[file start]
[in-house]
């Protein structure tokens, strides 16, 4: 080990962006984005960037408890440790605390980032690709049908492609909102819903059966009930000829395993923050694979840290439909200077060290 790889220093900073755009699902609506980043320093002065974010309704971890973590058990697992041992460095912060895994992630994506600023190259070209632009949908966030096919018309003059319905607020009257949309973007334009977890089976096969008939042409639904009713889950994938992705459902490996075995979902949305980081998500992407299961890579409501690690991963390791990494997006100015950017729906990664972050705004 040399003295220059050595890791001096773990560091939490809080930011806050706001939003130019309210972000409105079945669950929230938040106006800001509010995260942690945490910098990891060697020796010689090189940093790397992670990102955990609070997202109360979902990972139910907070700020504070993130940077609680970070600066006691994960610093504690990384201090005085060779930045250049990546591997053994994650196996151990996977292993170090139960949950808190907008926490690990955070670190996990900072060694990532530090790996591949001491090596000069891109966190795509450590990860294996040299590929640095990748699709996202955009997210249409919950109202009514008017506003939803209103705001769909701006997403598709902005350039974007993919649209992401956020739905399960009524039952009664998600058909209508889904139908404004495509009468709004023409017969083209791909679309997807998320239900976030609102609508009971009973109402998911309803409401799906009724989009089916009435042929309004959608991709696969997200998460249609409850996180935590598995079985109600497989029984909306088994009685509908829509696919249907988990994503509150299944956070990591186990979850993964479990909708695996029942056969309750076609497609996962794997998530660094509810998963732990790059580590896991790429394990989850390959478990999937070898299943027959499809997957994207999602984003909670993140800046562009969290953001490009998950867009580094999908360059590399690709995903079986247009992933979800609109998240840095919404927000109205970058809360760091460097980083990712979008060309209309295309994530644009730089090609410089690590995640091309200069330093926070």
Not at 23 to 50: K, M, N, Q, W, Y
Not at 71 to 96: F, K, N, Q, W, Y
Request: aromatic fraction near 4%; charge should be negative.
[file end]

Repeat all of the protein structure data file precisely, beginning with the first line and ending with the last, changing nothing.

[in-house]
């Protein structure tokens, strides 16, 4: 080990962006984005960037408890440790605390980032690709049908492609909102819903059966009930000829395993923050694979840290439909200077060290 790889220093900073755009699902609506980043320093002065974010309704971890973590058990697992041992460095912060895994992630994506600023190259070209632009949908966030096919018309003059319905607020009257949309973007334009977890089976096969008939042409639904009713889950994938992705459902490996075995979902949305980081998500992407299961890579409501690690991963390791990494997006100015950017729906990664972050705004 040399003295220059050595890791001096773990560091939490809080930011806050706001939003130019309210972000409105079945669950929230938040106006800001509010995260942690945490910098990891060697020796010689090189940093790397992670990102955990609070997202109360979902990972139910907070700020504070993130940077609680970070600066006691994960610093504690990384201090005085060779930045250049990546591997053994994650196996151990996977292993170090139960949950808190907008926490690990955070670190996990900072060694990532530090790996591949001491090596000069891109966190795509450590990860294996040299590929640095990748699709996202955009997210249409919950109202009514008017506003939803209103705001769909701006997403598709902005350039974007993919649209992401956020739905399960009524039952009664998600058909209508889904139908404004495509009468709004023409017969083209791909679309997807998320239900976030609102609508009971009973109402998911309803409401799906009724989009089916009435042929309004959608991709696969997200998460249609409850996180935590598995079985109600497989029984909306088994009685509908829509696919249907988990994503509150299944956070990591186990979850993964479990909708695996029942056969309750076609497609996962794997998530660094509810998963732990790059580590896991790429394990989850390959478990999937070898299943027959499809997957994207999602984003909670993140800046562009969290953001490009998950867009580094999908360059590399690709995903079986247009992933979800609109998240840095919404927000109205970058809360760091460097980083990712979008060309209309295309994530644009730089090609410089690590995640091309200069330093926070």
Not at 23 to 50: K, M, N, Q, W, Y
Not at 71 to 96: F, K, N, Q, W, Y
Request: aromatic fraction near 4%; charge should be negative.